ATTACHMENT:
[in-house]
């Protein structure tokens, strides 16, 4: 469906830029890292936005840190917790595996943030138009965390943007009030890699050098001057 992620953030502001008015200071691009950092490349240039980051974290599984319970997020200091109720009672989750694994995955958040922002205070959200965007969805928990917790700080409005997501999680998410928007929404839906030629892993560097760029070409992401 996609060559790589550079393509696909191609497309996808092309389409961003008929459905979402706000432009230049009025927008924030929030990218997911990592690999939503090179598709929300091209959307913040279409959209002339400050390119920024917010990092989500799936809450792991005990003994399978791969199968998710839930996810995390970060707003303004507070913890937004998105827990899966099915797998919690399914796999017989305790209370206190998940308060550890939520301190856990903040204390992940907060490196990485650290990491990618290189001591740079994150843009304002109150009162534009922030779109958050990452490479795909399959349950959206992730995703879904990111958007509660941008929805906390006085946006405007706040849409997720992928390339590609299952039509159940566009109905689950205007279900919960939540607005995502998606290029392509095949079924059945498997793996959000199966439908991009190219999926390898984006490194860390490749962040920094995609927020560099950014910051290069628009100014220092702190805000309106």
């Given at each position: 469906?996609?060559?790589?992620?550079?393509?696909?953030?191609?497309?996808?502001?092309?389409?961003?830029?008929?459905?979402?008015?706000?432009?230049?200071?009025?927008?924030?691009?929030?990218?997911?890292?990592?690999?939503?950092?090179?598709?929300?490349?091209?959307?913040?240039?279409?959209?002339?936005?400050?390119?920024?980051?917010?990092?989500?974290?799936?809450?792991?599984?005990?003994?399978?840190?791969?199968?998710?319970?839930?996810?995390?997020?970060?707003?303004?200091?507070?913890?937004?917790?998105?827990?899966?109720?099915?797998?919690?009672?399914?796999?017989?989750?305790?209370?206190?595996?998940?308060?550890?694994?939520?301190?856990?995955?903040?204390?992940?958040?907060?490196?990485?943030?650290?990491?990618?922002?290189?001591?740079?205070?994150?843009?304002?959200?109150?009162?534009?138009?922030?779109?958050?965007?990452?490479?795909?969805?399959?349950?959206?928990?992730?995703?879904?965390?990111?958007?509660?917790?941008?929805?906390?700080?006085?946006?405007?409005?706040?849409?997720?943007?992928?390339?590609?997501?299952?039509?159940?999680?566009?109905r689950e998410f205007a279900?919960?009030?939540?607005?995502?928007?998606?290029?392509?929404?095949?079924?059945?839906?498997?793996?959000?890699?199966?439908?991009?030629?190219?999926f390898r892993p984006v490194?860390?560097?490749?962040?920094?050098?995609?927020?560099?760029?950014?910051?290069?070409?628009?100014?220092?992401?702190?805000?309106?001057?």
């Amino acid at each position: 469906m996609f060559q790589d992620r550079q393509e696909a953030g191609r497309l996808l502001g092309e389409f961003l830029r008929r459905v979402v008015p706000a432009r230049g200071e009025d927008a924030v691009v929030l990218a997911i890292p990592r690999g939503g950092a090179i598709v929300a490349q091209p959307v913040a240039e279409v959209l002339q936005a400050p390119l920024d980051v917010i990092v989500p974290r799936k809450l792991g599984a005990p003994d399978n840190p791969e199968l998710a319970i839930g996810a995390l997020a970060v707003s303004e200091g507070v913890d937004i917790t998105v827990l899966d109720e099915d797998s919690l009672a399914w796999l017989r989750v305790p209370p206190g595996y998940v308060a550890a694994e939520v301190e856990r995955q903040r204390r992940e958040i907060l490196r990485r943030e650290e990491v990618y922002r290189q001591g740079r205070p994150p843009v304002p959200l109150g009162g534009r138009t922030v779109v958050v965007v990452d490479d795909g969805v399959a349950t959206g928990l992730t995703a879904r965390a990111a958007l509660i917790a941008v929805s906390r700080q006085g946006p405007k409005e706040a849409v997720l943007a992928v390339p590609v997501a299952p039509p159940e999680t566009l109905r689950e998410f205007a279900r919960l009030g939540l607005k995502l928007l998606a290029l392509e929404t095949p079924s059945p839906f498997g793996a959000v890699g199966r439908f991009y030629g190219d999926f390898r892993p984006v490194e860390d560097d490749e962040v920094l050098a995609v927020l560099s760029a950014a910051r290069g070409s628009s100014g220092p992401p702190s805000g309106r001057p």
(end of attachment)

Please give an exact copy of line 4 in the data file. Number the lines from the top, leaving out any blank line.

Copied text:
């Amino acid at each position: 469906m996609f060559q790589d992620r550079q393509e696909a953030g191609r497309l996808l502001g092309e389409f961003l830029r008929r459905v979402v008015p706000a432009r230049g200071e009025d927008a924030v691009v929030l990218a997911i890292p990592r690999g939503g950092a090179i598709v929300a490349q091209p959307v913040a240039e279409v959209l002339q936005a400050p390119l920024d980051v917010i990092v989500p974290r799936k809450l792991g599984a005990p003994d399978n840190p791969e199968l998710a319970i839930g996810a995390l997020a970060v707003s303004e200091g507070v913890d937004i917790t998105v827990l899966d109720e099915d797998s919690l009672a399914w796999l017989r989750v305790p209370p206190g595996y998940v308060a550890a694994e939520v301190e856990r995955q903040r204390r992940e958040i907060l490196r990485r943030e650290e990491v990618y922002r290189q001591g740079r205070p994150p843009v304002p959200l109150g009162g534009r138009t922030v779109v958050v965007v990452d490479d795909g969805v399959a349950t959206g928990l992730t995703a879904r965390a990111a958007l509660i917790a941008v929805s906390r700080q006085g946006p405007k409005e706040a849409v997720l943007a992928v390339p590609v997501a299952p039509p159940e999680t566009l109905r689950e998410f205007a279900r919960l009030g939540l607005k995502l928007l998606a290029l392509e929404t095949p079924s059945p839906f498997g793996a959000v890699g199966r439908f991009y030629g190219d999926f390898r892993p984006v490194e860390d560097d490749e962040v920094l050098a995609v927020l560099s760029a950014a910051r290069g070409s628009s100014g220092p992401p702190s805000g309106r001057p």